Botanic gardens in society: visions for the future

How can botanic gardens use their scientific expertise to help solve the “big issues”?

– Botanic gardens engaging in and with society
– Defining the roles of botanists in solving the “big issues” (water / energy / health / climate change / food security)
– The role of botanic gardens in addressing the research implementation gap (our unique position between research and society)
– Novel and innovative approaches to science and scientific problems: biological diversity
– Defining the roles of botanists in plant preservation and biodiversity conservation
– The role of botanists in decision making at different levels
– From collections to research and vice-versa: how living collections and research interact for the benefit of society


How can botanical gardens ensure that no plant species becomes extinct?

The roles of living collections and seedbanks in plant conservation: sharing practical knowledge
Ex situ and in situ conservation: working towards the GSPC targets
The role of taxonomy in plant conservation
The responsibility of botanic gardens in introducing neophytes: should we be worried?
Introduction, reintroduction and eradication: is the cost worth it?
Botanic gardens and their role in preserving our heritage of domesticated plants
Ecological restoration or recovery
The role of genetics in botanic gardens: barcoding and conservation genetics


How can botanical gardens communicate with and empower society on the big-issues?

Exhibitions and popularisation: modern approaches and museology outdoors
Education, training programmes and capacity building: reinventing old challenges
Botanical gardens and their publics: engaging with people in a changing world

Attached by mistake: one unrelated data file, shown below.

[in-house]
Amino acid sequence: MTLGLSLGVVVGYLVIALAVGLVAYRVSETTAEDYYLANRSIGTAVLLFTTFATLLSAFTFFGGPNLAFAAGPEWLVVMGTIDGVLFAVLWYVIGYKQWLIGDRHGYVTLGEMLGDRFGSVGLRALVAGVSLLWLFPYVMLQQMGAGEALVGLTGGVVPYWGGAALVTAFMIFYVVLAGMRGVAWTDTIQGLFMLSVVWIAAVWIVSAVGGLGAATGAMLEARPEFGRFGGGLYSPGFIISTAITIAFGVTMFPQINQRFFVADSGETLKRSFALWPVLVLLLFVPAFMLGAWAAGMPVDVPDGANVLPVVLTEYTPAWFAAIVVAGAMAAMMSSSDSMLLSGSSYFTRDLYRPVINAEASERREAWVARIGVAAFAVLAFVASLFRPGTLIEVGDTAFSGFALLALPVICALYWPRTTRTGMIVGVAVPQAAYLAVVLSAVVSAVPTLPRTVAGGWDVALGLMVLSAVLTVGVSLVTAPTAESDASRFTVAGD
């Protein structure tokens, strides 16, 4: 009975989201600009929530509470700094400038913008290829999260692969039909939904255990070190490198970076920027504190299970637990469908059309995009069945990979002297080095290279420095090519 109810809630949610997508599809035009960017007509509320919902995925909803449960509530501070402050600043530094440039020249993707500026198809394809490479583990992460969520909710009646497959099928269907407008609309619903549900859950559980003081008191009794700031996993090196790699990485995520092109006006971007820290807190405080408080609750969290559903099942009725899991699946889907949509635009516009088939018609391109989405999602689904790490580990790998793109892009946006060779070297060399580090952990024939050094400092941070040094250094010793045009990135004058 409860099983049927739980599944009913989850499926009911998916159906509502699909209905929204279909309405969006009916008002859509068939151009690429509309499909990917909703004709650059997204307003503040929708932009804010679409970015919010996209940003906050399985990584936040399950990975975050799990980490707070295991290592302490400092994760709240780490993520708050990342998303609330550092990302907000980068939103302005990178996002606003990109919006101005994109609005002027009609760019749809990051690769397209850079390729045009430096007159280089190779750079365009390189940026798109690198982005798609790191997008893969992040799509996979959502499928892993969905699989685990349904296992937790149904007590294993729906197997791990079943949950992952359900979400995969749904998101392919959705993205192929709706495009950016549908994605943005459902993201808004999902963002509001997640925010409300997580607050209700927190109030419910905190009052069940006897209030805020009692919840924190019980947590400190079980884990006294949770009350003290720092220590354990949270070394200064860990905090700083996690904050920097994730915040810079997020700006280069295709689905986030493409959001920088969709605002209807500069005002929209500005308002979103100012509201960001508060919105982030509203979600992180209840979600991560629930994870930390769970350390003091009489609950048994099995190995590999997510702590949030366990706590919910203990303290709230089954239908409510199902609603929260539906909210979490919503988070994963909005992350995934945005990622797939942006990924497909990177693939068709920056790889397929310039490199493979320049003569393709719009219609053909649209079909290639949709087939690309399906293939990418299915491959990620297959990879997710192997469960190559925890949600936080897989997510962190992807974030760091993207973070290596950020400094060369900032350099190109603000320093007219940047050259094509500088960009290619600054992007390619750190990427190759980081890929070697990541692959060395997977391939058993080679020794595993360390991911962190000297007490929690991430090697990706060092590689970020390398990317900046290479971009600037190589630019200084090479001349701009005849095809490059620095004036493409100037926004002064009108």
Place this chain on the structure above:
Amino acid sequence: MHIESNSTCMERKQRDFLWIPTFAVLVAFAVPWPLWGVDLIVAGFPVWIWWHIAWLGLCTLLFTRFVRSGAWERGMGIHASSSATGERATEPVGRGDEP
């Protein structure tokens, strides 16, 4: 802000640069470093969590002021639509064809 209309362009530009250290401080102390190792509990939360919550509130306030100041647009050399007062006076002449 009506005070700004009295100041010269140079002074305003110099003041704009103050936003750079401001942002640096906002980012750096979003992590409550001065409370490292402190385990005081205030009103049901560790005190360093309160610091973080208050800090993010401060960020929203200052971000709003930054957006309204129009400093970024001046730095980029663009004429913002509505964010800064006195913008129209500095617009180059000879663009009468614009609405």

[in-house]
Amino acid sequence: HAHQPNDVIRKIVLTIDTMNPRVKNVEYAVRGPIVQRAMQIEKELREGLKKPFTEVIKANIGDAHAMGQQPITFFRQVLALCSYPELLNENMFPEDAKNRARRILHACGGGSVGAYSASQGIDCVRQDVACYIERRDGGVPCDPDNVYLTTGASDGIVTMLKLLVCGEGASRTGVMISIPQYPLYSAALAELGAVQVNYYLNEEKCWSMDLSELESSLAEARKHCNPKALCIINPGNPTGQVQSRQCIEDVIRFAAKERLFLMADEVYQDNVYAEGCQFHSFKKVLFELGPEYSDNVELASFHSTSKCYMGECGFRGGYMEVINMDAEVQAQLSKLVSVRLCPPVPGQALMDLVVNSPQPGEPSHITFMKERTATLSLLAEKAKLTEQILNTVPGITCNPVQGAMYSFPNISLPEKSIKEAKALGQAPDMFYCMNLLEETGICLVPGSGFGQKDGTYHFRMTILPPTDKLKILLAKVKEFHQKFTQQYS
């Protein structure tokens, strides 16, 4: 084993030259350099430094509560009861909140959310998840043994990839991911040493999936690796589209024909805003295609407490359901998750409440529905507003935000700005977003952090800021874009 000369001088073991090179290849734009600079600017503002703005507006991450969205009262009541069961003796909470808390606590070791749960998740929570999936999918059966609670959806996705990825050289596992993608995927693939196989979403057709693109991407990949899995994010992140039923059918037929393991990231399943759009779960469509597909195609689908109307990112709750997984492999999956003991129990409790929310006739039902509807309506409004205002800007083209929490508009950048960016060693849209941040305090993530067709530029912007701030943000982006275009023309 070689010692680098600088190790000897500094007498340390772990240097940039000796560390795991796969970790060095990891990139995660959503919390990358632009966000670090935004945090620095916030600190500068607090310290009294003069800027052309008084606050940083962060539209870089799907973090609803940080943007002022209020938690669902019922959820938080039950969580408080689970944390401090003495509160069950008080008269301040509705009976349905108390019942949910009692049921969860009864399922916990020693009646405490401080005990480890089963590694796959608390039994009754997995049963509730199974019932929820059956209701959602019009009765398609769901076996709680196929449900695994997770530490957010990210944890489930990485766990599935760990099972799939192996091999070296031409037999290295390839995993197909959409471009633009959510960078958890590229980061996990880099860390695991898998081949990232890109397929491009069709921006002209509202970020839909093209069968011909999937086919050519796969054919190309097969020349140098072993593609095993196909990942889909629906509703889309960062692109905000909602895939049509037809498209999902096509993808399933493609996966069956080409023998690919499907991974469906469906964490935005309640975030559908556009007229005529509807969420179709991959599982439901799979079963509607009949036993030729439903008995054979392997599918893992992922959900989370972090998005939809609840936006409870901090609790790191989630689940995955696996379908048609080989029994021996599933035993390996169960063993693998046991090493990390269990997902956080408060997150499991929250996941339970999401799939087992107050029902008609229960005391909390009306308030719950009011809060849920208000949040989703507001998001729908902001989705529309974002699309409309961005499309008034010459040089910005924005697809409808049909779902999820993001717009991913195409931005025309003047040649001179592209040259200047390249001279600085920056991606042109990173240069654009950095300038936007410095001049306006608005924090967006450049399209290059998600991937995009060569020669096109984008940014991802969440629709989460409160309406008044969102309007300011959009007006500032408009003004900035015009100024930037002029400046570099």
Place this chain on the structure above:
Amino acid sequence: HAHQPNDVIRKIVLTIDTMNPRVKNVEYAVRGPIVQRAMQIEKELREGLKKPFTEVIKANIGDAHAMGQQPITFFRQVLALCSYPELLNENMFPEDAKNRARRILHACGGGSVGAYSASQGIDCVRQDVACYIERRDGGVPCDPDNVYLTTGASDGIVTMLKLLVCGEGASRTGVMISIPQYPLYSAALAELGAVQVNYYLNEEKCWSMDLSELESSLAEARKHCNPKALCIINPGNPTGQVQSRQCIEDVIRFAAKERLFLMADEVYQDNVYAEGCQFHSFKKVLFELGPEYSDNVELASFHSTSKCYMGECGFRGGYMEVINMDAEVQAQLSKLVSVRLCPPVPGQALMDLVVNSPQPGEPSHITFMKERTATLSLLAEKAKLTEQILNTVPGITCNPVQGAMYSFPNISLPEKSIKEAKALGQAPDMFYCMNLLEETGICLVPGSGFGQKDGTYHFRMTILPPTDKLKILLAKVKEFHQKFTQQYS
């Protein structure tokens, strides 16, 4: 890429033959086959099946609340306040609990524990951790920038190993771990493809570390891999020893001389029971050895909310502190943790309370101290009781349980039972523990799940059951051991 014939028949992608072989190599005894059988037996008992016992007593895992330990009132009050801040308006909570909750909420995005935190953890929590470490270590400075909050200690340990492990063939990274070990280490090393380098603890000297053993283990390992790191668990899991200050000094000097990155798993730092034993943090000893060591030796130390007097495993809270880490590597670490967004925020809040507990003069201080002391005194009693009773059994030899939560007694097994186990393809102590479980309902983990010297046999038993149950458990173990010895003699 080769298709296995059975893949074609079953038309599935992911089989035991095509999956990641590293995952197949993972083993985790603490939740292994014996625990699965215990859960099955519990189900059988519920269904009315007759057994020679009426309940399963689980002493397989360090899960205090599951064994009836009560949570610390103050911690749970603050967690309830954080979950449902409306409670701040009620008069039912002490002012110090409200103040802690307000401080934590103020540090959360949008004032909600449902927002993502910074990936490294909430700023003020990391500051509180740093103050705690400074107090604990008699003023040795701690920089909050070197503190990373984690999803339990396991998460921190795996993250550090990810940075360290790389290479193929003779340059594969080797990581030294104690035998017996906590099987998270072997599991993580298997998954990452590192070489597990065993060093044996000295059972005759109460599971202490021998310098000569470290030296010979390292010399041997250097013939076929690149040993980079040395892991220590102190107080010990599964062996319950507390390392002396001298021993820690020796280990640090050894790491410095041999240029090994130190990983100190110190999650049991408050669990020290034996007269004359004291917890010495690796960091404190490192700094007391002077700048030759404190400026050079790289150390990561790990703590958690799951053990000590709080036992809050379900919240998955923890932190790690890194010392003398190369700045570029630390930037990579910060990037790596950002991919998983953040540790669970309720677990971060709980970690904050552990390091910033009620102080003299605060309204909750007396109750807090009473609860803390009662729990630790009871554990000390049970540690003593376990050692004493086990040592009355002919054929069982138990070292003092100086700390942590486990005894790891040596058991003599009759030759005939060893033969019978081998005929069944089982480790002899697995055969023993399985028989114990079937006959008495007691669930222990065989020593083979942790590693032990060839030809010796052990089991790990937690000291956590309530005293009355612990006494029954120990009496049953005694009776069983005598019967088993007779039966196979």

Advertising and publicising botanical gardens: impact/role of social networking and digital media
Old and new tools for outreach and education in plant systematics and evolution
Citizen Science and botanic gardens: trends and emerging projects
Encouraging the display of cryptogams in botanic gardens: showing the small and the discrete
Reaching a new audience: toddlers and teenagers
Exchange of knowledge: cooperation and solidarity between botanical gardens


How can BG make use of new and emerging management technologies and approaches?

Collection record management systems
Organic botanic gardens: a sustainable management for the future
Environmentally friendly botanic gardens: wastes, energy, resources and infrastructures
International Policy and Legislation: IPEN, the Nagoya Protocol and its implementation, CITES
Management policies and challenges in living collections
Managing and educating visitors: how to prevent theft and damage in botanic gardens


How can botanic gardens communicate visions for the future through landscape and design?

Innovative ideas for the presentation of plants in botanic gardens:
The representation of natural habitats in botanic gardens
New ways to approach historical and patrimonial collections
Opening up botanic gardens: accessibility and exhibitions for all
Introducing the arts into botanic gardens